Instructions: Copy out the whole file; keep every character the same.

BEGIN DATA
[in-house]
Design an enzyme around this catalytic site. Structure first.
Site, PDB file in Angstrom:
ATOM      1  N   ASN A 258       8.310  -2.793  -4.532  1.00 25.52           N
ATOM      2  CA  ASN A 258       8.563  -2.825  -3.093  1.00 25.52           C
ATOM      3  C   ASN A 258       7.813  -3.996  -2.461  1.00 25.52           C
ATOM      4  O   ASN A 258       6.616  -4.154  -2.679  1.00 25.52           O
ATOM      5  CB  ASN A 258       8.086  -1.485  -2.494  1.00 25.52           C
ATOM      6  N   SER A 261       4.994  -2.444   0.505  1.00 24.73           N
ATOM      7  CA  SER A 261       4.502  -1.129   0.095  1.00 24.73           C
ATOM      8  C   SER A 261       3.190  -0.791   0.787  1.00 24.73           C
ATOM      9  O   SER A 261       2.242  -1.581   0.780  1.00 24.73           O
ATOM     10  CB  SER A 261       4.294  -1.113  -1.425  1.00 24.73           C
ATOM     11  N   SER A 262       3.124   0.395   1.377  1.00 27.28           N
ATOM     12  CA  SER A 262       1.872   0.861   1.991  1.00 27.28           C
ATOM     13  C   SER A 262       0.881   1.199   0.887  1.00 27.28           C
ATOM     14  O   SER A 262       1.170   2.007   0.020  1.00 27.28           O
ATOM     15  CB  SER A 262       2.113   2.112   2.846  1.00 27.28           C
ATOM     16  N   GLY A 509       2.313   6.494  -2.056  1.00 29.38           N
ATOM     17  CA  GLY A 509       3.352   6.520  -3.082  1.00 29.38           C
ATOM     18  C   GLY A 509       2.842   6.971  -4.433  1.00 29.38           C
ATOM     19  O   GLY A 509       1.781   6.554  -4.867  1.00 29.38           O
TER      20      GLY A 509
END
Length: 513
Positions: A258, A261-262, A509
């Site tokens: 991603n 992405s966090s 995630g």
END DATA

[in-house]
Design an enzyme around this catalytic site. Structure first.
Site, PDB file in Angstrom:
ATOM      1  N   ASN A 258       8.310  -2.793  -4.532  1.00 25.52           N
ATOM      2  CA  ASN A 258       8.563  -2.825  -3.093  1.00 25.52           C
ATOM      3  C   ASN A 258       7.813  -3.996  -2.461  1.00 25.52           C
ATOM      4  O   ASN A 258       6.616  -4.154  -2.679  1.00 25.52           O
ATOM      5  CB  ASN A 258       8.086  -1.485  -2.494  1.00 25.52           C
ATOM      6  N   SER A 261       4.994  -2.444   0.505  1.00 24.73           N
ATOM      7  CA  SER A 261       4.502  -1.129   0.095  1.00 24.73           C
ATOM      8  C   SER A 261       3.190  -0.791   0.787  1.00 24.73           C
ATOM      9  O   SER A 261       2.242  -1.581   0.780  1.00 24.73           O
ATOM     10  CB  SER A 261       4.294  -1.113  -1.425  1.00 24.73           C
ATOM     11  N   SER A 262       3.124   0.395   1.377  1.00 27.28           N
ATOM     12  CA  SER A 262       1.872   0.861   1.991  1.00 27.28           C
ATOM     13  C   SER A 262       0.881   1.199   0.887  1.00 27.28           C
ATOM     14  O   SER A 262       1.170   2.007   0.020  1.00 27.28           O
ATOM     15  CB  SER A 262       2.113   2.112   2.846  1.00 27.28           C
ATOM     16  N   GLY A 509       2.313   6.494  -2.056  1.00 29.38           N
ATOM     17  CA  GLY A 509       3.352   6.520  -3.082  1.00 29.38           C
ATOM     18  C   GLY A 509       2.842   6.971  -4.433  1.00 29.38           C
ATOM     19  O   GLY A 509       1.781   6.554  -4.867  1.00 29.38           O
TER      20      GLY A 509
END
Length: 513
Positions: A258, A261-262, A509
């Site tokens: 991603n 992405s966090s 995630g």